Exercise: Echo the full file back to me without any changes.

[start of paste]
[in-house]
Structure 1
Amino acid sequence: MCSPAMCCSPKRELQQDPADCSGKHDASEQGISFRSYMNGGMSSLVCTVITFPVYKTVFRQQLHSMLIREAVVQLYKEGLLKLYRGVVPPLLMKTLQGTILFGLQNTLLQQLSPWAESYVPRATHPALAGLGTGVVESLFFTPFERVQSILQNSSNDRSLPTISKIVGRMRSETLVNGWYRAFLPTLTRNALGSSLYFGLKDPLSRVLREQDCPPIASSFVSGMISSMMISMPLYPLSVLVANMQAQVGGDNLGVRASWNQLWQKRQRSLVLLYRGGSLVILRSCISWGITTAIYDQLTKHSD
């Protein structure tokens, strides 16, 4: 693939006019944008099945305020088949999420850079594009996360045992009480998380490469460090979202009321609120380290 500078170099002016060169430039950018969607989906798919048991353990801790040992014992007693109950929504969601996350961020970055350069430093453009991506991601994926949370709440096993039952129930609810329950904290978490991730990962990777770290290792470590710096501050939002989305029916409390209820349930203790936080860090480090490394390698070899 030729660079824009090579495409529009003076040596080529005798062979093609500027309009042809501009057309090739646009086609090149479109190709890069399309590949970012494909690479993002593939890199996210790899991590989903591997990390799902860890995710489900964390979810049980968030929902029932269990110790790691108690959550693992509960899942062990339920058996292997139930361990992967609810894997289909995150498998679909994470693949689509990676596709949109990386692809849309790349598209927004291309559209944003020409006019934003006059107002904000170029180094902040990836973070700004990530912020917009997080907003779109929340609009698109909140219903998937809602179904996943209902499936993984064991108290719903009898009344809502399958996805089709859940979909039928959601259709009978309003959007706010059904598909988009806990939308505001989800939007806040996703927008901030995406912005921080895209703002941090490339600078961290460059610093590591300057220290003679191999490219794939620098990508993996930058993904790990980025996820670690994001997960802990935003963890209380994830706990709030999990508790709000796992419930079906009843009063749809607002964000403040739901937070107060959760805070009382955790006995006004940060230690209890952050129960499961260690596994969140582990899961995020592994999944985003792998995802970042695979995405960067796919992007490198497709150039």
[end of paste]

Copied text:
[in-house]
Structure 1
Amino acid sequence: MCSPAMCCSPKRELQQDPADCSGKHDASEQGISFRSYMNGGMSSLVCTVITFPVYKTVFRQQLHSMLIREAVVQLYKEGLLKLYRGVVPPLLMKTLQGTILFGLQNTLLQQLSPWAESYVPRATHPALAGLGTGVVESLFFTPFERVQSILQNSSNDRSLPTISKIVGRMRSETLVNGWYRAFLPTLTRNALGSSLYFGLKDPLSRVLREQDCPPIASSFVSGMISSMMISMPLYPLSVLVANMQAQVGGDNLGVRASWNQLWQKRQRSLVLLYRGGSLVILRSCISWGITTAIYDQLTKHSD
């Protein structure tokens, strides 16, 4: 693939006019944008099945305020088949999420850079594009996360045992009480998380490469460090979202009321609120380290 500078170099002016060169430039950018969607989906798919048991353990801790040992014992007693109950929504969601996350961020970055350069430093453009991506991601994926949370709440096993039952129930609810329950904290978490991730990962990777770290290792470590710096501050939002989305029916409390209820349930203790936080860090480090490394390698070899 030729660079824009090579495409529009003076040596080529005798062979093609500027309009042809501009057309090739646009086609090149479109190709890069399309590949970012494909690479993002593939890199996210790899991590989903591997990390799902860890995710489900964390979810049980968030929902029932269990110790790691108690959550693992509960899942062990339920058996292997139930361990992967609810894997289909995150498998679909994470693949689509990676596709949109990386692809849309790349598209927004291309559209944003020409006019934003006059107002904000170029180094902040990836973070700004990530912020917009997080907003779109929340609009698109909140219903998937809602179904996943209902499936993984064991108290719903009898009344809502399958996805089709859940979909039928959601259709009978309003959007706010059904598909988009806990939308505001989800939007806040996703927008901030995406912005921080895209703002941090490339600078961290460059610093590591300057220290003679191999490219794939620098990508993996930058993904790990980025996820670690994001997960802990935003963890209380994830706990709030999990508790709000796992419930079906009843009063749809607002964000403040739901937070107060959760805070009382955790006995006004940060230690209890952050129960499961260690596994969140582990899961995020592994999944985003792998995802970042695979995405960067796919992007490198497709150039």